Avoid such old-fashioned, time-wasting answers as

How To Make Friends By Telephone :: a useful how-to book from the 1940's
posted by anastasiav on May 27, 2004 - 22 comments

Famous Unsolved Codes and Ciphers

Famous Unsolved Codes and Ciphers
posted by anastasiav on May 18, 2004 - 13 comments

Office Supply Geeks Unite!

The Early Office Museum :: check out communications technologies used by our Grandparents, as well as Punched Card Tabulating Machines and much, much more!
posted by anastasiav on Mar 3, 2004 - 10 comments

The only problem was that there was two women for every man.

50's Women and Their World
:: via blort and Madamjjj ::
posted by anastasiav on Jan 21, 2004 - 25 comments

The History of Eating Utensils

The History of Eating Utensils
posted by anastasiav on Dec 6, 2003 - 8 comments

If ye break faith with us who die We shall not sleep, though poppies grow

Propaganda Postcards From World War I
posted by anastasiav on Nov 18, 2003 - 3 comments

A photograph is a secret about a secret. The more it tells you the less you know. -- Diane Arbus

Anima: A fascinating archive of the ways early photography was used to give the illusion of motion, as well as information on the evolution of optical toys and early cinema.
posted by anastasiav on Nov 8, 2003 - 5 comments

What a romance my life has been! -- Napoleon Bonaparte

On October 17, 1815, following The 100 Days and Waterloo, Napoleon Bonaparte arrived on the Island of St Helena, where he would remain until his death (mysterious or otherwise) in 1821. Discovered by the Portuguese in 1502, St Helena had a long and interesting history before Napoleon arrived, but that history was overshadowed by the story of the Emperor's last years, living in captive exile at the simple yet beautiful Longwood House. Victorians had an insatiable interest for information about the remote island. Today, the picturesque Island is a a tiny bit of England in the South Atlantic, where coffee and tourism (indeed, what some might call pilgrimages) are the main sources of income.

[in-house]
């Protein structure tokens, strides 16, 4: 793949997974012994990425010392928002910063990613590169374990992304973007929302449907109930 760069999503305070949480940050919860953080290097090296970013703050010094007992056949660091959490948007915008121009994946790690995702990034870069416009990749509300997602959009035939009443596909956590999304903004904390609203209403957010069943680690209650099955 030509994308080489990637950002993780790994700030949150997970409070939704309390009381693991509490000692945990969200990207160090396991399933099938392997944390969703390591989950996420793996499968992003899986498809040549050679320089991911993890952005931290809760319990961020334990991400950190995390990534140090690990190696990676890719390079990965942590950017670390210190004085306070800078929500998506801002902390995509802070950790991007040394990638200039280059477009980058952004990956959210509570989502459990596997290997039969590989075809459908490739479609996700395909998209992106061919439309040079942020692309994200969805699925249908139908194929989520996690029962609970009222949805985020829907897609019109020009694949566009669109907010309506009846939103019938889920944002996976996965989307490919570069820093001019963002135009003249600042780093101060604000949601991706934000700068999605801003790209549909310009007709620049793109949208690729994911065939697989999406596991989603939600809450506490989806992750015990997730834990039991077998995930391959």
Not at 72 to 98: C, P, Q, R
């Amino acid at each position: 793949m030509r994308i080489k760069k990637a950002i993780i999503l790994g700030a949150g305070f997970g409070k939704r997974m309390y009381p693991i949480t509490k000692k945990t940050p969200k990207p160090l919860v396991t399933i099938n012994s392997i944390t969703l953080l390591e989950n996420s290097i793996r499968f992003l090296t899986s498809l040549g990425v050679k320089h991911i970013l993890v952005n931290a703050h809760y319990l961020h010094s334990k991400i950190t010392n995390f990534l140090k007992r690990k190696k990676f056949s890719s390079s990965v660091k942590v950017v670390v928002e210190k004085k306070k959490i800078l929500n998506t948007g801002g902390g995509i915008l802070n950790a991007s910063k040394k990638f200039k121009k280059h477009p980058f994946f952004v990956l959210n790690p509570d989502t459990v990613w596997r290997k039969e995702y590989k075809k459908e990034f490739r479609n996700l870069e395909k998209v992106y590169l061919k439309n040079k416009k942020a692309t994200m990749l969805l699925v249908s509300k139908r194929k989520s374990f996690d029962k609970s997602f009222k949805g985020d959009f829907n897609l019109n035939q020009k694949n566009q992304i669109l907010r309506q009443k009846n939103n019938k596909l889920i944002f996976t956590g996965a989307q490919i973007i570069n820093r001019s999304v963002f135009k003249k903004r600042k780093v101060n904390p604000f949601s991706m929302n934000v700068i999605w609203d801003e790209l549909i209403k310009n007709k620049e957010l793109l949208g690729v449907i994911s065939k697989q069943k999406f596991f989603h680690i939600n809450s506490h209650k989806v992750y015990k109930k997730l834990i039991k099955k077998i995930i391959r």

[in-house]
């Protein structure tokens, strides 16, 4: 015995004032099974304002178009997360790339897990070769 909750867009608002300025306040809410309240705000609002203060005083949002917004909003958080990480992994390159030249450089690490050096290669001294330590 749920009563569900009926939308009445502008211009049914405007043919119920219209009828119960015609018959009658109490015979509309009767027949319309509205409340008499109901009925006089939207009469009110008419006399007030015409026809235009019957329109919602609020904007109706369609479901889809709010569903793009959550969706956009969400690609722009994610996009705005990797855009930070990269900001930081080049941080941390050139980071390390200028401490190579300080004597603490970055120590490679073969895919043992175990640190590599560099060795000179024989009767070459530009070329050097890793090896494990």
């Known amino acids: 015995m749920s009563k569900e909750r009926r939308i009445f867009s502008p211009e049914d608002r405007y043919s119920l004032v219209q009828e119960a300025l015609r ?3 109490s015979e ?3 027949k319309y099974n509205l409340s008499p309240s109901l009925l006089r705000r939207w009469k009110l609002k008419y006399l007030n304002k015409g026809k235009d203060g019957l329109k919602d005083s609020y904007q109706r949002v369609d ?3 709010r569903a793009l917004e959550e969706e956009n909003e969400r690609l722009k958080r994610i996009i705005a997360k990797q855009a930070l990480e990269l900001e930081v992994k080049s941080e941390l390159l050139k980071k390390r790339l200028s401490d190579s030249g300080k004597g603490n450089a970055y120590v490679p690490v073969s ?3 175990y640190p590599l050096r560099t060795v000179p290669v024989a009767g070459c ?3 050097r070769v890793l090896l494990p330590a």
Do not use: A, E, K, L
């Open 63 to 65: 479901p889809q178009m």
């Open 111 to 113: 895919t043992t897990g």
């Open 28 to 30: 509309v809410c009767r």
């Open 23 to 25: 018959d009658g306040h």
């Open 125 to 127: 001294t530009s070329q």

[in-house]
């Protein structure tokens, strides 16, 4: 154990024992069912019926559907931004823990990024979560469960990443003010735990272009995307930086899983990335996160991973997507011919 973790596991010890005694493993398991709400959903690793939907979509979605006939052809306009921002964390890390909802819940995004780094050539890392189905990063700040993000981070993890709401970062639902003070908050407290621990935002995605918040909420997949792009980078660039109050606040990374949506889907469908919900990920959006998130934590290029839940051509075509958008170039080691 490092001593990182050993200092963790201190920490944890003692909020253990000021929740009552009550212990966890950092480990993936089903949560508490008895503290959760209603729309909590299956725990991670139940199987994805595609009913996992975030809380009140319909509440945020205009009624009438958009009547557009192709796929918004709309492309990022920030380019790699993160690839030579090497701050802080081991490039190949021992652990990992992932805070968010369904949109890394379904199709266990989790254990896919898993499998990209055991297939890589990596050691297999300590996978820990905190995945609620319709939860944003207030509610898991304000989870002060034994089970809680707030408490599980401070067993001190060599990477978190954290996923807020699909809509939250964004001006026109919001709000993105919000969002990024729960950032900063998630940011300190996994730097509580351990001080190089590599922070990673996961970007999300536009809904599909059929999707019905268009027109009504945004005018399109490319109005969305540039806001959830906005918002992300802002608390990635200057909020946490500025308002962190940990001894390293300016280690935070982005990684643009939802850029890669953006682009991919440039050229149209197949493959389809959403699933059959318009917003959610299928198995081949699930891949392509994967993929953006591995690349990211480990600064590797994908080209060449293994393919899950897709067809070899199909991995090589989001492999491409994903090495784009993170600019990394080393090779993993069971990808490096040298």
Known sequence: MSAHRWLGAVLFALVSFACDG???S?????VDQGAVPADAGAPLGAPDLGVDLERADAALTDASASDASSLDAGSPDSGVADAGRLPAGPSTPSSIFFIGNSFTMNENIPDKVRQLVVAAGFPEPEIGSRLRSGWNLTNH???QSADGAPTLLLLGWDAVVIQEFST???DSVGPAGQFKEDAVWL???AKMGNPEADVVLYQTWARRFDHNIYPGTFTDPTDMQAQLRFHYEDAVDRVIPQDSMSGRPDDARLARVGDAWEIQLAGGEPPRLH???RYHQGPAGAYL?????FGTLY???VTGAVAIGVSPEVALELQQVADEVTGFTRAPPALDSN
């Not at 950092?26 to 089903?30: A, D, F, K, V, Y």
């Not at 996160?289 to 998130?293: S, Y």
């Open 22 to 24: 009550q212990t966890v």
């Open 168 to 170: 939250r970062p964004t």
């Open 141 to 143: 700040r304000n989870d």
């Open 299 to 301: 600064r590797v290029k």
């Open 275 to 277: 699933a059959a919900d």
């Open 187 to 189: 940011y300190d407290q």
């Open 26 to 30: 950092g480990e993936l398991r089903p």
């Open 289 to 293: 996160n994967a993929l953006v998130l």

posted by anastasiav on Oct 17, 2003 - 3 comments

He kept the West in food and wives. -- Will Rogers

The story of Fred Harvey and the Harvey Girls is the story of the civilization of the American West. From 1896 to 1945, Harvey House Restaurants and Hotels along the route of the Atchison, Topeka, & Santa Fe represented first-rate food served in clean, stylish surroundings at reasonable cost. His corps of well-trained waitresses, wearing their distinctive uniforms and bound by a code of hard work and good conduct, provided both adventure and independence to generations of young women. Today, all that is left of the Harvey empire is the remembrances of former employees, beautiful buildings which dot the southwest, some vintage recipes, a 1946 Judy Garland film, and (possibly) the enduring term "Blue-Plate Special".
posted by anastasiav on Oct 1, 2003 - 8 comments

And the leper in whom the plague is, his clothes shall be rent, and the hair of his head shall go loose, and he shall cover his upper lip, and shall cry, unclean, unclean

The locals simply called it Carville. Known more formally as the The Gillis W. Long Hansen's Disease Center, it was transformed in July 2000 into The National Hansen's Disease Museum. What is Hansen's Disease? You may know it better by its biblical name - Leprosy. From the founding of the National Leprosarium in 1917 until the hospital closed in 1998, The stories of the people of Carville, their isolation, and finally their fight for civil rights combine to make one of the most important stories in American public health history.
posted by anastasiav on Sep 7, 2003 - 15 comments

Duck and Cover!

In the house where I grew up, we had a 1950's-era Bomb Shelter in the backyard (a cold war relic inherited from the previous owner). We used our shelter as a playground, but many are now forgotten, repurposed, or restored as museum exhibits. Although such shelters are still for sale (often marketed as Tornado or Storm Shelters), many people today regard these shelters as relics from an earlier time. For some, however, the current terror alerts are reviving cold war shelter memories. As demonstrated by sites like the excellent civildefensemuseum.com, we are clearly still fascinated with this important and revealing part of our history.
posted by anastasiav on Feb 25, 2003 - 7 comments